Hotels.com Is Looking for a Discerning Dog to Review the World’s Best Pet-Friendly Hotels

Solovyova/iStock via Getty Images
Solovyova/iStock via Getty Images

Your pet may not work a 9 to 5 job or have bills to pay, but that doesn't mean they don't deserve a vacation. As House Beautiful reports, Hotels.com is giving one lucky dog the chance to take a 10-day tour of some of the most luxurious pet-friendly hotels around the world—and if your dog wins the contest, you get to tag along, too.

The hotel-booking service recently posted a listing in search of its "first ever hotel Canine Critic." In an effort to compile a list of the best hotels for pets, Hotels.com is sending one dog and its owner to the hotels of their choice for 10 nights. Winners can choose to spend their whole vacation at one perfect spot or take the opportunity to test out lodgings in different locations across the globe. The prize consists of 10 vouchers from Hotels.com valued at $200 each, and the winners get to decide how to use them.

The pampered pooch who's selected will be tasked with seeing if the pet-friendly amenities and accommodations at various hotels meet their standards. Some examples of features at the most popular pet-friendly hotels in America include special dog food menus, "pawlates" classes, and canine massages. Meanwhile, their owner will be free to enjoy any luxuries designed for humans the hotels have to offer.

To enter your pet in the running for the gig of a lifetime, upload the cutest photo or video of them you have and tag @Hotelsdotcom and #CanineCritic in the caption. Follow @Hotelsdotcom on Instagram to make sure your submission is considered. The deadline to enter the contest is August 25, and the winner will be contacted via a direct message on Instagram no later than September 18.

[h/t House Beautiful]

The Reason Why a Puppy in North Carolina Was Born Bright Green

Anastasiia Cherniavskaia, iStock via Getty Images
Anastasiia Cherniavskaia, iStock via Getty Images

When a dog owner in Canton, North Carolina, first saw her new puppy, she knew exactly what to name him. Hulk the infant pup is much smaller than his namesake, but like the comic book character, he's green from head to toe.

As WLOS reports, Hulk was born with a coat of fur the color of avocado toast. He is one of eight puppies in a litter a white German Shepherd named Gypsy delivered the morning of January 10. Even though one came out lime-green, it was healthy, normal birth, according to Gypsy's owner Shana Stamey.

Hulk's unique coloration isn't a sign of any health issues. Meconium—or the matter in the intestines of a fetus—is mostly made of water, but it can also contain something called biliverdin. This chemical makes bile, and when it gets into the amniotic fluid of a birth sac, it can stain a puppy's fur green. This is especially noticeable when the newborn's fur is white, as in Hulk's case. You can see the rare phenomenon in the video below.

After a few weeks of baths and licks from mom, the meconium stains will eventually fade to reveal his natural white coat. But while he won't be green forever, Hulk gets to keep his colorful name for life.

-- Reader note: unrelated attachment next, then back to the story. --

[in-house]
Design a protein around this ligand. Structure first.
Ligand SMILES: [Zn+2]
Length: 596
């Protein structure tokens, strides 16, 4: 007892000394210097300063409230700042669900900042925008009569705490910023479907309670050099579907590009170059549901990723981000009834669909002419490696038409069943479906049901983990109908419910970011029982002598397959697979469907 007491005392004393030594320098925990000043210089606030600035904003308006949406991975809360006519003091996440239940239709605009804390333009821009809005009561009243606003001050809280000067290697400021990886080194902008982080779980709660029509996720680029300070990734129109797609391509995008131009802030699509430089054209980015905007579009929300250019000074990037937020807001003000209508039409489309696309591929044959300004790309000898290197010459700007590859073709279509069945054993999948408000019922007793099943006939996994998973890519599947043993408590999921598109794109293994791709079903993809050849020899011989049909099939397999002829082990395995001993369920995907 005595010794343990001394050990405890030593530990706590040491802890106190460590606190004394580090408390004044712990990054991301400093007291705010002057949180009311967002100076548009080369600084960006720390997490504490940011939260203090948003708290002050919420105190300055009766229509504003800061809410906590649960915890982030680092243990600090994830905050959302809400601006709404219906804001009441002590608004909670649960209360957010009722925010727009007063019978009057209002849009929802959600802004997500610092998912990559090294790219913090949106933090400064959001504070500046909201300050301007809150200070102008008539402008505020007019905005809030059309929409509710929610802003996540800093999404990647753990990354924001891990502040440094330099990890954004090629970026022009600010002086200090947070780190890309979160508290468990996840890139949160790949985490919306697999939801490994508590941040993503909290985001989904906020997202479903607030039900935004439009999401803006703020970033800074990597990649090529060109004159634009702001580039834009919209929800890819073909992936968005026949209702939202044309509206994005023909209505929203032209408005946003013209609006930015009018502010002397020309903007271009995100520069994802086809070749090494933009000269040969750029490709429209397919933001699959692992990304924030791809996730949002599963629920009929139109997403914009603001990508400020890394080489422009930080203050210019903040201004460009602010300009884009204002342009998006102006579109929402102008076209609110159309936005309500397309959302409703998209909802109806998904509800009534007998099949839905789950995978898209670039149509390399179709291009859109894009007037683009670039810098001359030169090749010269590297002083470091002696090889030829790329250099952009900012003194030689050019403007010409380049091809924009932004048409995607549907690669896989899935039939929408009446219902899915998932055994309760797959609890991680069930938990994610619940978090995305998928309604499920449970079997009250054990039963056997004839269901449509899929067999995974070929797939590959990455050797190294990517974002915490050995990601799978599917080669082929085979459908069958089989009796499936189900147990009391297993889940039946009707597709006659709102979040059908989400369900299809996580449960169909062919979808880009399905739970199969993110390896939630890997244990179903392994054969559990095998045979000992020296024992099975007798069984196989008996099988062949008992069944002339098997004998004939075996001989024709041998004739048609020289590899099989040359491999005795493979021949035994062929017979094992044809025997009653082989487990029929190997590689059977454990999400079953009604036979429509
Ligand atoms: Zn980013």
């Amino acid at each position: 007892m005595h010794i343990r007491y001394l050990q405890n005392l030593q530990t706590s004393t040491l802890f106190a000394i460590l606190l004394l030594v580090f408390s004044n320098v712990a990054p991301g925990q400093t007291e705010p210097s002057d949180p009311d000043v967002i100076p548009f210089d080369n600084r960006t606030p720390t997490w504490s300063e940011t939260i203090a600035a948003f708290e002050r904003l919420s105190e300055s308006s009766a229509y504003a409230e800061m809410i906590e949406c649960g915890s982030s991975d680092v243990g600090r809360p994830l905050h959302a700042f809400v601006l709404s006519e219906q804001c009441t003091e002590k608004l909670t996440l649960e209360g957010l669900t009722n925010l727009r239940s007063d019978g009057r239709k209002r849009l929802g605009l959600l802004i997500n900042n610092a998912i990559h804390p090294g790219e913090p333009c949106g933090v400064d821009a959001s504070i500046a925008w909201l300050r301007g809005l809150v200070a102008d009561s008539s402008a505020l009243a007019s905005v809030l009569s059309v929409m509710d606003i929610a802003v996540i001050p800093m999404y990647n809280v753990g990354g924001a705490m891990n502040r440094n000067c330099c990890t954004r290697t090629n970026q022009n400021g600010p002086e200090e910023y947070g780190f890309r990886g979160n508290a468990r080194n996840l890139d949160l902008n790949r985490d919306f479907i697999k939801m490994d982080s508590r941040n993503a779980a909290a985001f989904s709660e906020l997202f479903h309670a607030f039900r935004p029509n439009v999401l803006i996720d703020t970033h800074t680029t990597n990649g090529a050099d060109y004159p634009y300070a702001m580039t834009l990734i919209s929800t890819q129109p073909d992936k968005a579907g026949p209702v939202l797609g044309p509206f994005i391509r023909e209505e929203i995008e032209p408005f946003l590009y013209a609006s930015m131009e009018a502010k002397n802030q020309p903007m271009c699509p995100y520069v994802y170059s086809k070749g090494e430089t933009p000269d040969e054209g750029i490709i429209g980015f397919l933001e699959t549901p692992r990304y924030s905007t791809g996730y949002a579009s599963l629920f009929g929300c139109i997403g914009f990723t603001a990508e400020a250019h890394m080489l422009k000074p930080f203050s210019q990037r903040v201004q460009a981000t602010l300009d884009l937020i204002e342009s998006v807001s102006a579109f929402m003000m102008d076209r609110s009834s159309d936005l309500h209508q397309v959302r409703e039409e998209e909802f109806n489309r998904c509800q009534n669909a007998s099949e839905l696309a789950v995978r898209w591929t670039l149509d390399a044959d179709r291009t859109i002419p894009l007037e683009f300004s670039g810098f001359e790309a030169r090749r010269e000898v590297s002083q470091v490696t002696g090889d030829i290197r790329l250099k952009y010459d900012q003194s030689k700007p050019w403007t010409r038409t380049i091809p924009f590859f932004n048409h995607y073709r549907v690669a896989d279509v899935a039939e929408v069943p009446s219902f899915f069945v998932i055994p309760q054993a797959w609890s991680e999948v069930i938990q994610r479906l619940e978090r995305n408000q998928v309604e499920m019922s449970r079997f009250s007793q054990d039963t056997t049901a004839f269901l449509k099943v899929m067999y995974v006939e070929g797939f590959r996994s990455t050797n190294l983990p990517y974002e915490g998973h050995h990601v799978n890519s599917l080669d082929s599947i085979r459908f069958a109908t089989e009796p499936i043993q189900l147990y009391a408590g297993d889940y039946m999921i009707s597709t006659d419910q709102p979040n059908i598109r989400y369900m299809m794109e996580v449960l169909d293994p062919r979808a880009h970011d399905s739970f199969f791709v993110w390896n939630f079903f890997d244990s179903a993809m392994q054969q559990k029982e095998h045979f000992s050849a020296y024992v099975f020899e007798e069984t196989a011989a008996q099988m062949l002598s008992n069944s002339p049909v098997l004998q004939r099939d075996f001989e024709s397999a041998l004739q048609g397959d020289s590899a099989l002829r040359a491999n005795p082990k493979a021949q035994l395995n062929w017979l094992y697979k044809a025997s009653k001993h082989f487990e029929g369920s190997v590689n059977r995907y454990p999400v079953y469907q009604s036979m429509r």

[h/t WLOS]

Not-So-Fancy Feast: Your Cat Probably Would Eat Your Rotting Corpse

Tycson1/iStock via Getty Images
Tycson1/iStock via Getty Images

Cat enthusiasts often cite the warmth and companionship offered by their pet as reasons why they’re so enamored with them. Despite these and other positive attributes, cat lovers are often confronted with the spurious claim that, while their beloved furry pal might adore them when they’re alive, it won’t hesitate to devour their corpse if they should drop dead.

Though that’s often dismissed as negative cat propaganda spread by dog people, it turns out that it’s probably true. Fluffy might indeed feast on your flesh if you happened to expire.

A horrifying new case study published in the Journal of Forensic Sciences offers the fresh evidence. The paper, first reported by The Washington Post, documents how two cats reacted in the presence of a corpse at Colorado Mesa University’s Forensic Investigation Research Station, or body farm, where the deceased are used to further forensic science for criminal investigations.

The study’s authors did not orchestrate a meeting between cat and corpse. The finding happened by accident: Student and lead author Sara Garcia was scanning surveillance footage of the grounds when she noticed a pair of cats trespassing. The cats, she found, were interested in the flesh of two corpses; they gnawed on human tissue while it was still in the early stages of decomposition, stopping only when the bodies began leaching fluids.

The cats, which were putting away one corpse each, didn’t appear to have a taste for variety, as they both returned to the same corpse virtually every night. The two seemed to prefer the shoulder and arm over other body parts.

This visual evidence joins a litany of reports over the years from medical examiners, who have observed the damage left by both cats and dogs who were trapped in homes with deceased owners and proceeded to eat them. It’s believed pets do this when no other food source is available, though in some cases, eating their human has occurred even with a full food bowl. It’s something to consider the next time your cat gives you an affectionate lick on the arm. Maybe it loves you. Or maybe it has something else in mind.

[h/t The Washington Post]

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